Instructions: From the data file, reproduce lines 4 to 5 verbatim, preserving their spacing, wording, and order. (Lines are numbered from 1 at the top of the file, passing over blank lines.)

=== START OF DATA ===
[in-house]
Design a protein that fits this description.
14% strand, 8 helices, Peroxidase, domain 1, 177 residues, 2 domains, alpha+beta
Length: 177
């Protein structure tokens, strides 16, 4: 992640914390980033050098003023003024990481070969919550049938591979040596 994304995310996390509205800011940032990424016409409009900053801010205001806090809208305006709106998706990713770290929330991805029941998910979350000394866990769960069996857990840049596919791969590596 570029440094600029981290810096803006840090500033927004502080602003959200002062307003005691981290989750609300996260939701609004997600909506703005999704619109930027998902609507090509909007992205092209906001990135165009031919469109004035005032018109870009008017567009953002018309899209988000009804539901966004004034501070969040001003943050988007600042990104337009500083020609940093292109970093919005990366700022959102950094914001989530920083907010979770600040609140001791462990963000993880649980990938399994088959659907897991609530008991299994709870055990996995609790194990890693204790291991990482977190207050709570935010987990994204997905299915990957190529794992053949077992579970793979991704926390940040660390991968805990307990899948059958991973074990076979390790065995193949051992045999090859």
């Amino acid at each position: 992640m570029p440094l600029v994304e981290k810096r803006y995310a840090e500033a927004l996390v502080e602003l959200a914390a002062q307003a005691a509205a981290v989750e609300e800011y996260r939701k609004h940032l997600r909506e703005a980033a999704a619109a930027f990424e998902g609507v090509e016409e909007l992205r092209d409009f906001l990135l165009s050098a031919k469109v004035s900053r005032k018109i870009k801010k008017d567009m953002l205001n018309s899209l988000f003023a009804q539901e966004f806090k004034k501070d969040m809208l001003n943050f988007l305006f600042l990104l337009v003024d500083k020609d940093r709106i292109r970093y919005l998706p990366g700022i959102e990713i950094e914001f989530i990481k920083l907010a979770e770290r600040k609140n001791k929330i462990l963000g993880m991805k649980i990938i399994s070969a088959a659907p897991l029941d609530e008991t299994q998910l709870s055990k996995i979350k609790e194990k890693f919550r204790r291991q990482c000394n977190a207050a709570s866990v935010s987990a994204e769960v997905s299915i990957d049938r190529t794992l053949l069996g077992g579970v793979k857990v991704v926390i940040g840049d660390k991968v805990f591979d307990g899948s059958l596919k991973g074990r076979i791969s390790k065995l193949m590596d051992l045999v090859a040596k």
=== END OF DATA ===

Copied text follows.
Length: 177
């Protein structure tokens, strides 16, 4: 992640914390980033050098003023003024990481070969919550049938591979040596 994304995310996390509205800011940032990424016409409009900053801010205001806090809208305006709106998706990713770290929330991805029941998910979350000394866990769960069996857990840049596919791969590596 570029440094600029981290810096803006840090500033927004502080602003959200002062307003005691981290989750609300996260939701609004997600909506703005999704619109930027998902609507090509909007992205092209906001990135165009031919469109004035005032018109870009008017567009953002018309899209988000009804539901966004004034501070969040001003943050988007600042990104337009500083020609940093292109970093919005990366700022959102950094914001989530920083907010979770600040609140001791462990963000993880649980990938399994088959659907897991609530008991299994709870055990996995609790194990890693204790291991990482977190207050709570935010987990994204997905299915990957190529794992053949077992579970793979991704926390940040660390991968805990307990899948059958991973074990076979390790065995193949051992045999090859």